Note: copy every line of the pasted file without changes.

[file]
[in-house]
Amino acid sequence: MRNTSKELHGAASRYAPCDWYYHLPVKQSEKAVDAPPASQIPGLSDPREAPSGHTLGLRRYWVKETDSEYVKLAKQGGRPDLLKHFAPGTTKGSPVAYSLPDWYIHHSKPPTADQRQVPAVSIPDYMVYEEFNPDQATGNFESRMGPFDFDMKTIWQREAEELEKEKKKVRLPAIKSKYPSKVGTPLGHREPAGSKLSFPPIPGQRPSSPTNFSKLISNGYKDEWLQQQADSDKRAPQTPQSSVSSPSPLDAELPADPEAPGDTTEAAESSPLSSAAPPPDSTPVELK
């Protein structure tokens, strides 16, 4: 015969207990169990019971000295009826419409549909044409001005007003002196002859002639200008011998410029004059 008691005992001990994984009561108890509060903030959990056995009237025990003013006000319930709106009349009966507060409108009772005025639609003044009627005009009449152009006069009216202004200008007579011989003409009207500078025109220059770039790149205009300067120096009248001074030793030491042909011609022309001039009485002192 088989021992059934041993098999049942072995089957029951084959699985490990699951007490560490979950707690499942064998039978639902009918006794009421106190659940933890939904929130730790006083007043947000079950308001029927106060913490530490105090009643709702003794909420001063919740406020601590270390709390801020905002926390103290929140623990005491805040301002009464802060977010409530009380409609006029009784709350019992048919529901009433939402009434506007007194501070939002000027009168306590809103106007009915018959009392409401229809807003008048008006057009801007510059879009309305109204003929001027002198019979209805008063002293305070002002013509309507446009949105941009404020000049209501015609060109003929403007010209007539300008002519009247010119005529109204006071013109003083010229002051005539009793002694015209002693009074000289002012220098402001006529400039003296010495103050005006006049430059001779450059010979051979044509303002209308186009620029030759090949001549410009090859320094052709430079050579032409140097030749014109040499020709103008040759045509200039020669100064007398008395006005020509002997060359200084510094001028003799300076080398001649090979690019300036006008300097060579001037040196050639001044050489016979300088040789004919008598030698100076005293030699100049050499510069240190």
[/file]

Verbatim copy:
[in-house]
Amino acid sequence: MRNTSKELHGAASRYAPCDWYYHLPVKQSEKAVDAPPASQIPGLSDPREAPSGHTLGLRRYWVKETDSEYVKLAKQGGRPDLLKHFAPGTTKGSPVAYSLPDWYIHHSKPPTADQRQVPAVSIPDYMVYEEFNPDQATGNFESRMGPFDFDMKTIWQREAEELEKEKKKVRLPAIKSKYPSKVGTPLGHREPAGSKLSFPPIPGQRPSSPTNFSKLISNGYKDEWLQQQADSDKRAPQTPQSSVSSPSPLDAELPADPEAPGDTTEAAESSPLSSAAPPPDSTPVELK
């Protein structure tokens, strides 16, 4: 015969207990169990019971000295009826419409549909044409001005007003002196002859002639200008011998410029004059 008691005992001990994984009561108890509060903030959990056995009237025990003013006000319930709106009349009966507060409108009772005025639609003044009627005009009449152009006069009216202004200008007579011989003409009207500078025109220059770039790149205009300067120096009248001074030793030491042909011609022309001039009485002192 088989021992059934041993098999049942072995089957029951084959699985490990699951007490560490979950707690499942064998039978639902009918006794009421106190659940933890939904929130730790006083007043947000079950308001029927106060913490530490105090009643709702003794909420001063919740406020601590270390709390801020905002926390103290929140623990005491805040301002009464802060977010409530009380409609006029009784709350019992048919529901009433939402009434506007007194501070939002000027009168306590809103106007009915018959009392409401229809807003008048008006057009801007510059879009309305109204003929001027002198019979209805008063002293305070002002013509309507446009949105941009404020000049209501015609060109003929403007010209007539300008002519009247010119005529109204006071013109003083010229002051005539009793002694015209002693009074000289002012220098402001006529400039003296010495103050005006006049430059001779450059010979051979044509303002209308186009620029030759090949001549410009090859320094052709430079050579032409140097030749014109040499020709103008040759045509200039020669100064007398008395006005020509002997060359200084510094001028003799300076080398001649090979690019300036006008300097060579001037040196050639001044050489016979300088040789004919008598030698100076005293030699100049050499510069240190």